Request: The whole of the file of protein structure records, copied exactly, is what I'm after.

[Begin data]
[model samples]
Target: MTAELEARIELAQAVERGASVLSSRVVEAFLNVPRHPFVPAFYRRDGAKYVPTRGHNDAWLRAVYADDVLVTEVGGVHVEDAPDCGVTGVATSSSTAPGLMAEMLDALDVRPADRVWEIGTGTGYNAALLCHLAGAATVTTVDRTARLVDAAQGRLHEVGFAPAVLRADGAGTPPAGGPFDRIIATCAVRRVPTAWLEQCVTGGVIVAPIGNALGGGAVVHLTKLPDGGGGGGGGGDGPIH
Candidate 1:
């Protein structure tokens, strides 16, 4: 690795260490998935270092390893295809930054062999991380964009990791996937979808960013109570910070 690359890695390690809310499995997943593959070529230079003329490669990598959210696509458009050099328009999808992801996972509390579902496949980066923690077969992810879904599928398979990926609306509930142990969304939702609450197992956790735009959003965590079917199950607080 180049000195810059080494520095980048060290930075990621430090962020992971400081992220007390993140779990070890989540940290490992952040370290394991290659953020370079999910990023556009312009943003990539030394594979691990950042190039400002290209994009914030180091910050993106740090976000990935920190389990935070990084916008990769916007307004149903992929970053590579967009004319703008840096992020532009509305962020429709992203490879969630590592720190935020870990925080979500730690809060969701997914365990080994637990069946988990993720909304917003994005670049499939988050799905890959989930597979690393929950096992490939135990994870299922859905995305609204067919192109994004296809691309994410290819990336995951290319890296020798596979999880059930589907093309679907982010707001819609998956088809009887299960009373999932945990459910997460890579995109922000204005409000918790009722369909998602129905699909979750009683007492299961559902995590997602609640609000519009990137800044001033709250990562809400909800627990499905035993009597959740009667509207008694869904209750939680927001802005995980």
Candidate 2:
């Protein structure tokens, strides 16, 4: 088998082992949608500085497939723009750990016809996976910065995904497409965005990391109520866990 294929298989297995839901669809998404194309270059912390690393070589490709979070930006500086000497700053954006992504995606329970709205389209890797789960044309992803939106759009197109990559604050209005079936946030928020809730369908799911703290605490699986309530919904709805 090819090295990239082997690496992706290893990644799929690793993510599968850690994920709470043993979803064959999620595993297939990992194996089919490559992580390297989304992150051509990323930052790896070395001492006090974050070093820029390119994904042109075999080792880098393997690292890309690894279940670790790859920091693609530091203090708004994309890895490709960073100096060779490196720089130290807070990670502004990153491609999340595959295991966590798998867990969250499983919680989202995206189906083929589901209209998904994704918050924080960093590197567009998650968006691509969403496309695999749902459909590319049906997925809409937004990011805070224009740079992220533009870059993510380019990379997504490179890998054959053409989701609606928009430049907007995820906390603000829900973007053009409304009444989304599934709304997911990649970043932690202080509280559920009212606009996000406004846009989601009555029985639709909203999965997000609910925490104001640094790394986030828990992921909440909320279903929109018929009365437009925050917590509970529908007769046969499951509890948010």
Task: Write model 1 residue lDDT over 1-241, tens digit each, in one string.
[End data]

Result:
[model samples]
Target: MTAELEARIELAQAVERGASVLSSRVVEAFLNVPRHPFVPAFYRRDGAKYVPTRGHNDAWLRAVYADDVLVTEVGGVHVEDAPDCGVTGVATSSSTAPGLMAEMLDALDVRPADRVWEIGTGTGYNAALLCHLAGAATVTTVDRTARLVDAAQGRLHEVGFAPAVLRADGAGTPPAGGPFDRIIATCAVRRVPTAWLEQCVTGGVIVAPIGNALGGGAVVHLTKLPDGGGGGGGGGDGPIH
Candidate 1:
């Protein structure tokens, strides 16, 4: 690795260490998935270092390893295809930054062999991380964009990791996937979808960013109570910070 690359890695390690809310499995997943593959070529230079003329490669990598959210696509458009050099328009999808992801996972509390579902496949980066923690077969992810879904599928398979990926609306509930142990969304939702609450197992956790735009959003965590079917199950607080 180049000195810059080494520095980048060290930075990621430090962020992971400081992220007390993140779990070890989540940290490992952040370290394991290659953020370079999910990023556009312009943003990539030394594979691990950042190039400002290209994009914030180091910050993106740090976000990935920190389990935070990084916008990769916007307004149903992929970053590579967009004319703008840096992020532009509305962020429709992203490879969630590592720190935020870990925080979500730690809060969701997914365990080994637990069946988990993720909304917003994005670049499939988050799905890959989930597979690393929950096992490939135990994870299922859905995305609204067919192109994004296809691309994410290819990336995951290319890296020798596979999880059930589907093309679907982010707001819609998956088809009887299960009373999932945990459910997460890579995109922000204005409000918790009722369909998602129905699909979750009683007492299961559902995590997602609640609000519009990137800044001033709250990562809400909800627990499905035993009597959740009667509207008694869904209750939680927001802005995980």
Candidate 2:
């Protein structure tokens, strides 16, 4: 088998082992949608500085497939723009750990016809996976910065995904497409965005990391109520866990 294929298989297995839901669809998404194309270059912390690393070589490709979070930006500086000497700053954006992504995606329970709205389209890797789960044309992803939106759009197109990559604050209005079936946030928020809730369908799911703290605490699986309530919904709805 090819090295990239082997690496992706290893990644799929690793993510599968850690994920709470043993979803064959999620595993297939990992194996089919490559992580390297989304992150051509990323930052790896070395001492006090974050070093820029390119994904042109075999080792880098393997690292890309690894279940670790790859920091693609530091203090708004994309890895490709960073100096060779490196720089130290807070990670502004990153491609999340595959295991966590798998867990969250499983919680989202995206189906083929589901209209998904994704918050924080960093590197567009998650968006691509969403496309695999749902459909590319049906997925809409937004990011805070224009740079992220533009870059993510380019990379997504490179890998054959053409989701609606928009430049907007995820906390603000829900973007053009409304009444989304599934709304997911990649970043932690202080509280559920009212606009996000406004846009989601009555029985639709909203999965997000609910925490104001640094790394986030828990992921909440909320279903929109018929009365437009925050917590509970529908007769046969499951509890948010």
Task: Write model 1 residue lDDT over 1-241, tens digit each, in one string.